|A1||IND||Ryan||CAS 320||M||6:00 pm – 8:45 pm|
Choose up to two elective courses (8 credits) from the following*:
MET ML 565 Food Marketing
The course applies the fundamental concepts and tools of marketing and brand management to the food industry, with a particular focus on the burgeoning New England culinary scene. This class will focus on marketing throughout key stages of the food-to-table supply chain, from raw ingredients and processing equipment in early production stages, through immersive culinary experiences targeted to distinct consumer segments. An additional emphasis of the course will be on marketing food products vs. services, and the strategic challenges and strategies that each portion of the food industry requires. [ 4 cr. ]
MET ML 623 Food and Public History
Students will examine interpretive foodways programs from museums, living history museums, folklore/folklife programs, culinary tourism offerings, "historical" food festivals, and food tours to compare different approaches to public histories of food. Through several case studies, students will examine mission statements, interpretive goals, and different methods of communicating with the public. Guest lectures and field trips lay the groundwork for a final project in which students develop a proposal for an interpretive food history program for an area museum, tour program, or public history program. Course offers opportunities for focused inquiry, hands-on research, and creative thinking. [ 4 cr. ]
MET ML 632 History of Wine
In this course we explore the long and complex role wine has played in the history of human civilization. We survey significant developments in the production, distribution, consumption and cultural uses of grape-based alcoholic beverages in the West. We study the economic impact of wine production and consumption from the ancient Near East through the Roman Empire, Europe in the Middle Ages and especially wine's significance in the modern and contemporary world. Particular focus is on wine as a religious symbol, a symbol of status, an object of trade and a consumer beverage in the last few hundred years. [ 4 cr. ]
MET ML 636 Culture and Cuisine: Italy
There is no such thing as Italian food. This statement is confirmed by the uniqueness and locality of the foods of Italy. This course will introduce students to regional Italian foods, taking into account geography, historical factors, social mores and language. There will be an emphasis on identifying key food ingredients of northern, central, and southern regions, and how they define these regions and are utilized in classic recipes. In addition, the goal will be to differentiate the various regional cooking styles like casalinga cooking versus alta cucina cooking. [ 4 cr. ]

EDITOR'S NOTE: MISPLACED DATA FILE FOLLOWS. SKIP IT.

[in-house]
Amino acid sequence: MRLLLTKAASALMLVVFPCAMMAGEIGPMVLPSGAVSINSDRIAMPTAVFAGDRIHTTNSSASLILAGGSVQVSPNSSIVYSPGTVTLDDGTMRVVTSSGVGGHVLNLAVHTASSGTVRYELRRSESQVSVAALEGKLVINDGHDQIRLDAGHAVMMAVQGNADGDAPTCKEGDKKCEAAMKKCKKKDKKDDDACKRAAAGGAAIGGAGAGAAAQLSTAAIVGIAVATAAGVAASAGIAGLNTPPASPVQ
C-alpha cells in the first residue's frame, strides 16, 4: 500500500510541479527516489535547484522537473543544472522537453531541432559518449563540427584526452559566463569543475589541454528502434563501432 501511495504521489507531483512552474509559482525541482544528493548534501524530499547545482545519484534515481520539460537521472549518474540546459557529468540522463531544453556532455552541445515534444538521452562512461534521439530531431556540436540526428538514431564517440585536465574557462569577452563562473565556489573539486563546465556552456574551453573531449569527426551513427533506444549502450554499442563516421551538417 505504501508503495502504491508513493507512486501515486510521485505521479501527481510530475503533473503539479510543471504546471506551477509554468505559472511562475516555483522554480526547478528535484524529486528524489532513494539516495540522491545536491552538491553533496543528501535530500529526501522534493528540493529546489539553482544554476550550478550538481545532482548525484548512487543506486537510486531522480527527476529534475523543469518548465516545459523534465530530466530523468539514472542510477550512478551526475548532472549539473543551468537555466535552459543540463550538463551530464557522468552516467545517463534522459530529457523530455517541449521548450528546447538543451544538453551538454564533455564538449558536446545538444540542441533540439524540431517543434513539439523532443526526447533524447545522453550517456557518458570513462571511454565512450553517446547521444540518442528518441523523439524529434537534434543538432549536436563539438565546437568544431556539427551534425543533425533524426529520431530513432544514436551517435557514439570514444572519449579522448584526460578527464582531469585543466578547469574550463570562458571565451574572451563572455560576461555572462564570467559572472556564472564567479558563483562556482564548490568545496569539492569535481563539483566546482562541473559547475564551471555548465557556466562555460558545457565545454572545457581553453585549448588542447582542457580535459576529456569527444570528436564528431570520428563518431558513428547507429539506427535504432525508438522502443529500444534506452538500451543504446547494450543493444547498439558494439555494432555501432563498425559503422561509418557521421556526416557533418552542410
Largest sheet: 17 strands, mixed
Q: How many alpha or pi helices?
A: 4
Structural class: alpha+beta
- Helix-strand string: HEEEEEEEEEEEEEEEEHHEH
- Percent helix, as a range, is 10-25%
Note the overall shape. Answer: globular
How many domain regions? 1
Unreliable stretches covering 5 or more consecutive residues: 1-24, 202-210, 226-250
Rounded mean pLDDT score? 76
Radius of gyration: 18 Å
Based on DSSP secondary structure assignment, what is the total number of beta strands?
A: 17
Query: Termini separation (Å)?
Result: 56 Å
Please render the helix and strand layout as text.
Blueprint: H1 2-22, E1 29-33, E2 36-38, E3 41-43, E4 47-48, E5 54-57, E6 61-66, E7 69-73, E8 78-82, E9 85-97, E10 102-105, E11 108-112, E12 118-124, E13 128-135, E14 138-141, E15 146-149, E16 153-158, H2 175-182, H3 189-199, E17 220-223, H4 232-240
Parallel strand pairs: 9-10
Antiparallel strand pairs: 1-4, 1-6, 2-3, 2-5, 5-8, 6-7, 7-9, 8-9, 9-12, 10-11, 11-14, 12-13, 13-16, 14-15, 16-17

MET ML 655 Planning a Food Business
Whatever type of food-related business you want to start, you will need expert advice to plan and launch. This course will guide you through the process of developing and realizing your business idea. Guest speakers from the food industry will share hands- on knowledge and insights. In this section you will focus on writing a business plan utilizing the Lean Canvas methodology (leanstack.com). Grading is based on attendance, participation and completing a Lean Canvas. [ 4 cr. ]
MET ML 671 Food and Visual Culture
An extensive historical exploration into prints, drawings, film, television, and photography relating to food in the United States and elsewhere. Examines how food images represent aesthetic concerns, social habits, demographics, domestic relations, and historical trends. [ 4 cr. ]
MET ML 681 Food Writing for the Media
Students will develop and improve food-writing skills through the study of journalistic ethics; advertising; scientific and technological matters; recipe writing; food criticism; anthropological and historical writing about food; food in fiction, magazines and newspapers. [ 4 cr. ]
|A1||IND||Julian||M||6:00 pm – 8:45 pm|
MET ML 720 Food Policy and Food Systems
This course presents frameworks and case studies that will advance participants' understandings of U.S. and global food systems and policies. Adopting food-systems and food-chain approaches, it provides historical, cultural, theoretical and practical perspectives on world food problems and patterns of dietary and nutritional change, so that participants acquire a working knowledge of the ecology and politics of world hunger and understand the evolution of global-to-local food systems and diets. Global overview of world food situations will be combined with more detailed national and local-level case studies and analysis that connect global to local food crisis and responses. [ 4 cr. ]
*Substitutions may be allowed with the program director’s approval.
View all Gastronomy graduate courses.